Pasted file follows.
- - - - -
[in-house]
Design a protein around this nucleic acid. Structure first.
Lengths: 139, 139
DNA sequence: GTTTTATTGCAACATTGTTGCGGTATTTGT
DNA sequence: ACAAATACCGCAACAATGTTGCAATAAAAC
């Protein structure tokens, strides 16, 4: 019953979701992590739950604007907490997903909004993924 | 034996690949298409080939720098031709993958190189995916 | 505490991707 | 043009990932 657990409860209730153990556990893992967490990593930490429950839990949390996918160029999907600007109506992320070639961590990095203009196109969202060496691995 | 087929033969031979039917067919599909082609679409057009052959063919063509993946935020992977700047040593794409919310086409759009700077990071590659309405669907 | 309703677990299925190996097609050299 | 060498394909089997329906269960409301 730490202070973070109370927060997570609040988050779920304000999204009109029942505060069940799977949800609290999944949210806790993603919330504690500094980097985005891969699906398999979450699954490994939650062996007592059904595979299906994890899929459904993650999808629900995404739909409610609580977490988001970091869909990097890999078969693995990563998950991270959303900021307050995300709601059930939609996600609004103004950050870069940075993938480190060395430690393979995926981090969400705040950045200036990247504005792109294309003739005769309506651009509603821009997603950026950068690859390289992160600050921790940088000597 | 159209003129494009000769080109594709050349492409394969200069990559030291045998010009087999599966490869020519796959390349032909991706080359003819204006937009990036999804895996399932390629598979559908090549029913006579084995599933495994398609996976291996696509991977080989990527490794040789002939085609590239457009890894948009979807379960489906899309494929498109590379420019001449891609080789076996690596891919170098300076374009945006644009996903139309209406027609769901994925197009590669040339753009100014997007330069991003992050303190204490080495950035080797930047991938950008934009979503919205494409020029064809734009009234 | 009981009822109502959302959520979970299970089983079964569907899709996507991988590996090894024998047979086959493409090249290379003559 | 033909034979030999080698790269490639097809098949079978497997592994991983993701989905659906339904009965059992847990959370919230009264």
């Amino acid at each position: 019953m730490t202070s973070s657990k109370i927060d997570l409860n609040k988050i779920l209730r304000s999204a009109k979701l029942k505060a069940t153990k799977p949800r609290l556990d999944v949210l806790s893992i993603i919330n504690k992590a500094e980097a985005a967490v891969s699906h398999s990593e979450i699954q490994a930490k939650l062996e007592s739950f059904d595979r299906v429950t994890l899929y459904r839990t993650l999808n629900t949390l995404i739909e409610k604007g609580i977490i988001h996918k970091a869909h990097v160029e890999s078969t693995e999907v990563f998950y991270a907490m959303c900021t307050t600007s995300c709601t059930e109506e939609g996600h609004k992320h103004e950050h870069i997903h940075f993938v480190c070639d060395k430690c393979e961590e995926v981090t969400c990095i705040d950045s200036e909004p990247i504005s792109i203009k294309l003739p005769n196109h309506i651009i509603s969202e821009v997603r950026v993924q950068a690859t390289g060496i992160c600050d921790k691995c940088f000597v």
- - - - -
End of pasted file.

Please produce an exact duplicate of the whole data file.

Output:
[in-house]
Design a protein around this nucleic acid. Structure first.
Lengths: 139, 139
DNA sequence: GTTTTATTGCAACATTGTTGCGGTATTTGT
DNA sequence: ACAAATACCGCAACAATGTTGCAATAAAAC
């Protein structure tokens, strides 16, 4: 019953979701992590739950604007907490997903909004993924 | 034996690949298409080939720098031709993958190189995916 | 505490991707 | 043009990932 657990409860209730153990556990893992967490990593930490429950839990949390996918160029999907600007109506992320070639961590990095203009196109969202060496691995 | 087929033969031979039917067919599909082609679409057009052959063919063509993946935020992977700047040593794409919310086409759009700077990071590659309405669907 | 309703677990299925190996097609050299 | 060498394909089997329906269960409301 730490202070973070109370927060997570609040988050779920304000999204009109029942505060069940799977949800609290999944949210806790993603919330504690500094980097985005891969699906398999979450699954490994939650062996007592059904595979299906994890899929459904993650999808629900995404739909409610609580977490988001970091869909990097890999078969693995990563998950991270959303900021307050995300709601059930939609996600609004103004950050870069940075993938480190060395430690393979995926981090969400705040950045200036990247504005792109294309003739005769309506651009509603821009997603950026950068690859390289992160600050921790940088000597 | 159209003129494009000769080109594709050349492409394969200069990559030291045998010009087999599966490869020519796959390349032909991706080359003819204006937009990036999804895996399932390629598979559908090549029913006579084995599933495994398609996976291996696509991977080989990527490794040789002939085609590239457009890894948009979807379960489906899309494929498109590379420019001449891609080789076996690596891919170098300076374009945006644009996903139309209406027609769901994925197009590669040339753009100014997007330069991003992050303190204490080495950035080797930047991938950008934009979503919205494409020029064809734009009234 | 009981009822109502959302959520979970299970089983079964569907899709996507991988590996090894024998047979086959493409090249290379003559 | 033909034979030999080698790269490639097809098949079978497997592994991983993701989905659906339904009965059992847990959370919230009264």
């Amino acid at each position: 019953m730490t202070s973070s657990k109370i927060d997570l409860n609040k988050i779920l209730r304000s999204a009109k979701l029942k505060a069940t153990k799977p949800r609290l556990d999944v949210l806790s893992i993603i919330n504690k992590a500094e980097a985005a967490v891969s699906h398999s990593e979450i699954q490994a930490k939650l062996e007592s739950f059904d595979r299906v429950t994890l899929y459904r839990t993650l999808n629900t949390l995404i739909e409610k604007g609580i977490i988001h996918k970091a869909h990097v160029e890999s078969t693995e999907v990563f998950y991270a907490m959303c900021t307050t600007s995300c709601t059930e109506e939609g996600h609004k992320h103004e950050h870069i997903h940075f993938v480190c070639d060395k430690c393979e961590e995926v981090t969400c990095i705040d950045s200036e909004p990247i504005s792109i203009k294309l003739p005769n196109h309506i651009i509603s969202e821009v997603r950026v993924q950068a690859t390289g060496i992160c600050d921790k691995c940088f000597v």